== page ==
There are serious shortcomings in the firearms registration system. There are large backlogs in collecting ballistics data from weapons, and inappropriate storage procedures have caused the loss of several years of ballistics data. The ballistics information that is collected is not used to track criminals or make cases against them.
The legal framework on firearms control is contradictory and inconsistently applied. The duties of different institutions are not clearly set out, and some take advantage of these loopholes, or simply ignore the law. The laws on weapons possession have large gaps, including the failure to define key terms such as "firearms," and do not regulate ammunition purchases.
There is a large illicit domestic market in weapons and ammunition. By law, only the Armory can sell these items, but InSight Crime and ASJ found ammunition for sale in department stores and weapons in pawnshops in the country. Evidence from interviews and research by other organizations shows these were not isolated cases. InSight Crime and ASJ also found the Armory sold munitions for weapons that are illegal.
There is a lack of transparency in Honduras' weapons trade, as the military, police and private security companies do not release information on their holdings. This finding is particularly troubling, given the evidence that weapons seem to be leaking from Honduran military and police stockpiles, and that some current and former military and police officials appear to be active in the firearms and ammunition black market.
There are shortcomings in the rules governing the Armory, the only authorized arms dealer in the country. According to officials, they are not obliged to carry out criminal record background checks on gun purchasers. The fact that its weapons and ammunition sales are a major source of financing for the military pension fund could create a problematic incentive for the Armory to sell as many weapons as possible.
Arms trafficking has been insufficiently tackled. Those arrested for trafficking rarely received prison sentences, while customs officials routinely allowed guns through points of entry and failed to search for weapons concealed in luggage or containers.
Honduran gun owners are pushed into the black market by inefficient processes, low barriers to entry and few repercussions. Expediency and impunity, as much as criminal intention, helps drive the black market.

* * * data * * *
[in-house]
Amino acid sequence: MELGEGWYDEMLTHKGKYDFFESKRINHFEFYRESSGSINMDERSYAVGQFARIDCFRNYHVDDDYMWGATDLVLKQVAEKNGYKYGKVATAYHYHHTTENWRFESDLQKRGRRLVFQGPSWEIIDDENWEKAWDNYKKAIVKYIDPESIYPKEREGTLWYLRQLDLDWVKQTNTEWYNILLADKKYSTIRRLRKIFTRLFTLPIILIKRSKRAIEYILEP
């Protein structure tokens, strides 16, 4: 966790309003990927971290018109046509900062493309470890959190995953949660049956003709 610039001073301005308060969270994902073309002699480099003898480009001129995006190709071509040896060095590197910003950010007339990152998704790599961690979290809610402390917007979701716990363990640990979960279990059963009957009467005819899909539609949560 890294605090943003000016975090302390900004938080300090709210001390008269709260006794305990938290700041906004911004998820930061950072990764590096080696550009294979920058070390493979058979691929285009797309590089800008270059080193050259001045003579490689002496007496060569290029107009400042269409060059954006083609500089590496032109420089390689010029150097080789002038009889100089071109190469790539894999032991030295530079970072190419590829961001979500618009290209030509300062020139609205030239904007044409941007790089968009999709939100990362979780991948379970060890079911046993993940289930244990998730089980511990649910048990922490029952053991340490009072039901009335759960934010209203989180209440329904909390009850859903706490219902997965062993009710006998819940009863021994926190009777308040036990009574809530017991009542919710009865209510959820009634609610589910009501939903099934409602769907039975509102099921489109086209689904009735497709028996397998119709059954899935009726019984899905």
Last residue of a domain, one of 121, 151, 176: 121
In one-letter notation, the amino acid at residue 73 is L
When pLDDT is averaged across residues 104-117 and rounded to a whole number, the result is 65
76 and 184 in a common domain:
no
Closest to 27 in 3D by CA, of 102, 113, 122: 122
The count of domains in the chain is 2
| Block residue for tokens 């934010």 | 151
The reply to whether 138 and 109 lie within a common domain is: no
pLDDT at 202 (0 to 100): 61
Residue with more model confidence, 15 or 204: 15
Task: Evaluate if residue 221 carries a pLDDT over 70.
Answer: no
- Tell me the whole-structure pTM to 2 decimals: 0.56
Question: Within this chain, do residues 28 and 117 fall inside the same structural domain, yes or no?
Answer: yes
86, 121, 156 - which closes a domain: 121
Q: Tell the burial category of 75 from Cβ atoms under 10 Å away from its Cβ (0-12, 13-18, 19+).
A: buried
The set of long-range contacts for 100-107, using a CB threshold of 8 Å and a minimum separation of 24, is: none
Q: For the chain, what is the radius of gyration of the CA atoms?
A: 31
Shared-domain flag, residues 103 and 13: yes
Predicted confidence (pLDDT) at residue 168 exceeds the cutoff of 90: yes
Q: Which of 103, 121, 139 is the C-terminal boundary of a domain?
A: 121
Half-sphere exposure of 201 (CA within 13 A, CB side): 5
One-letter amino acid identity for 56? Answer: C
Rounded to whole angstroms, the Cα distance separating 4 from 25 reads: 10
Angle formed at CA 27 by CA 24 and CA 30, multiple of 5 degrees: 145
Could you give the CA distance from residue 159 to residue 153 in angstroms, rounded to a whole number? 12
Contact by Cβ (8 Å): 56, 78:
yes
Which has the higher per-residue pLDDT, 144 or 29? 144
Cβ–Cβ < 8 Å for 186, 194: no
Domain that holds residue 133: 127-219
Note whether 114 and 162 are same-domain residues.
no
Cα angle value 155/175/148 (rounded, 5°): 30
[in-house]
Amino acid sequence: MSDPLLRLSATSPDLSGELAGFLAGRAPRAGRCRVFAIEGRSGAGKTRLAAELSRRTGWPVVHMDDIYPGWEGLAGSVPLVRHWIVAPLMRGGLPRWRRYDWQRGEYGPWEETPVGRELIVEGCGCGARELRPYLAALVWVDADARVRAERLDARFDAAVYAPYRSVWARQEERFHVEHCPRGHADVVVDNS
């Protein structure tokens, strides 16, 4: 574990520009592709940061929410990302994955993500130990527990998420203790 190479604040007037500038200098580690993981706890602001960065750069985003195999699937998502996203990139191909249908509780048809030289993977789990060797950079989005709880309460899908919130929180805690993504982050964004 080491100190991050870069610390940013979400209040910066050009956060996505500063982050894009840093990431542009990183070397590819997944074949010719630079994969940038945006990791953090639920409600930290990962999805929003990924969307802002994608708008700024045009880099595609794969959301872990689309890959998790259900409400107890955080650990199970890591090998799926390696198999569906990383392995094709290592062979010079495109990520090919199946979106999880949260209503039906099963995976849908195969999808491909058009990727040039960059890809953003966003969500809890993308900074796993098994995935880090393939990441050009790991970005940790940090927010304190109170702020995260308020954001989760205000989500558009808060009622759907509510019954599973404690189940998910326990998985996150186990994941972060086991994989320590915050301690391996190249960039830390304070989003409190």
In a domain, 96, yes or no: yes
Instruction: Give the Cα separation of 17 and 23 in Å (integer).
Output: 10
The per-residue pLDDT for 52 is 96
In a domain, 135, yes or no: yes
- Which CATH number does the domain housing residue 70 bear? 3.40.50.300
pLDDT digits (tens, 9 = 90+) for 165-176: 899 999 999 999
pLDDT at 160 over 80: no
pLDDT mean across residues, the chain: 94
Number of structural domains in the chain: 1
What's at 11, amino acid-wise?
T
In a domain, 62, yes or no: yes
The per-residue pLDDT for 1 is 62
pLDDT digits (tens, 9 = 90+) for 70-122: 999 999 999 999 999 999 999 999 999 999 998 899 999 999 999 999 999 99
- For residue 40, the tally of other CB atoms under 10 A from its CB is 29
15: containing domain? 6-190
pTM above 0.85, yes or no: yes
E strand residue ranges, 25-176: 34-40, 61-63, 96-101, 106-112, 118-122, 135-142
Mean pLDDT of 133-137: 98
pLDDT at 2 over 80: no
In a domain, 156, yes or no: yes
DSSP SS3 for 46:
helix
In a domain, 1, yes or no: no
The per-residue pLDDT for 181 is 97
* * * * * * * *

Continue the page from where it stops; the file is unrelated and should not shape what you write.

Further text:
The explosion in private security companies has opened a door for the black market weapons trade. These companies are insufficiently monitored, and many are suspected fronts for organized criminal groups. There is also confusion around the type of weapons these companies can legally possess.
There have been significant efforts to tackle arms trafficking in recent years, with some success. This includes increased vigilance at points of entry to the country, crackdowns on illegal crossing points, and proposals to tighten Honduras' gun laws.
* The InSight Crime team for this report was led by InSight Crime Co-director Steven Dudley and then InSight Crime Assistant Director Elyssa Pachico. Research was led by Steven Dudley and Mario Cerna, a long-time journalist from Honduras. The report was written by Steven Dudley. Special contributions were made by Mario Cerna. Translation into Spanish by Diego García and María Luisa Valencia. Editing and fact-checking by Mike LaSusa, Felipe Puerta and Victoria Dittmar. Graphics by Elisa Roldán. Top photo by Associated Press/Edgard Garrido. Report photos by Steven Dudley. InSight Crime would like to give special thanks to ASJ for its support and assistance.
Observatorio de la Violencia, "BOLETIN Enero - Diciembre 2016," no. 44, marzo 2017. Available at: https://iudpas.unah.edu.hn/observatorio-de-la-violencia/boletines-del-observatorio-2/boletines-nacionales/
 See "Homicide Monitor," which draws from United Nations data, at: https://homicide.igarape.org.br/
 Claudio Damian Rodriguez Santorum, et al., "Transnational Organized Crime in Central America and the Caribbean: A Threat Assessment," United Nations Office on Drugs and Crime (UNODC), p. 61. Available at: https://www.unodc.org/toc/en/reports/TOCTACentralAmerica-Caribbean.html